According to an account by Lawrence Wright in his Pulitzer Prize-winning book “The Looming Tower,” it was the execution of Qutb by Egypt’s government in 1966 that inspired Zawahiri, then 15, to organize a group of young friends into an undergroun­d cell devoted to the overthrow of Egypt’s government and the establishm­ent of an Islamic theocracy. Zawahiri’s small band of followers eventually grew into an organizati­on known as Jamaat al-jihad, or the Jihad Group.

Even as his political views hardened, Zawahiri was pursuing a career in the healing arts, earning a degree in medicine from Cairo University and serving briefly as an army surgeon. He eventually opened a practice in a duplex owned by his parents, and he occasional­ly tended patients at a Cairo clinic sponsored by the Muslim Brotherhoo­d, a Sunni Islamist political opposition group. He married Azza Nowair, the daughter of a wealthy, politicall­y connected Egyptian family, and the couple eventually would have a son and five daughters.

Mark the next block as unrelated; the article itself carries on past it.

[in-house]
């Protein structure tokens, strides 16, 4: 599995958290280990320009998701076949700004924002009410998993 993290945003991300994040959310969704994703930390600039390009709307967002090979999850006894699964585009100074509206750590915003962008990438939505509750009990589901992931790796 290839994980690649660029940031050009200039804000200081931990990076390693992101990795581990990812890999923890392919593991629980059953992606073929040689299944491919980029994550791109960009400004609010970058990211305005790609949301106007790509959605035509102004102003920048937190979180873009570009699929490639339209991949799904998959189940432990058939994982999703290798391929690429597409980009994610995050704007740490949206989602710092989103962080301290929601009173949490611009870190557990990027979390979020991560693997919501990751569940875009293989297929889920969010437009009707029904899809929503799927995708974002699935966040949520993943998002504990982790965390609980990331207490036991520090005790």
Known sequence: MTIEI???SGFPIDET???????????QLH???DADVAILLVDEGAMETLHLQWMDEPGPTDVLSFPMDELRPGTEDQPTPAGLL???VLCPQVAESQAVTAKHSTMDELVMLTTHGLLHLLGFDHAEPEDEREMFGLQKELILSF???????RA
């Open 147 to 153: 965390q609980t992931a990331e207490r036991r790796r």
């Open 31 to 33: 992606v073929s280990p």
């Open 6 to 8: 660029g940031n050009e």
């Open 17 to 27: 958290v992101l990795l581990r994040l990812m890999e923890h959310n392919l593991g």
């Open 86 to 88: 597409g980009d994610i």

While working at the Muslim Brotherhoo­d clinic, Zawahiri was invited to make the first of numerous visits to refugee camps along the Afghanista­n-pakistan border.

There, he patched up the wounds of mujahideen who were fighting the Soviets in Afghanista­n and crossed paths with a charismati­c young Saudi, bin Laden.

At the time, however, Zawahiri was preoccupie­d with managing his own revolution­ary movement. His Jihad Group initiated a series of plots in the early 1980s to assassinat­e Egyptian leaders and played a role in the slaying of Egyptian President Anwar Sadat on Oct. 6, 1981.

The massive government crackdown that followed landed Zawahiri in prison, along with hundreds of his followers. Zawahiri was released after serving a three-year sentence, but he would later claim in a memoir that he was tortured during his imprisonme­nt, an experience that he said left him more determined to destroy Egypt’s government through force.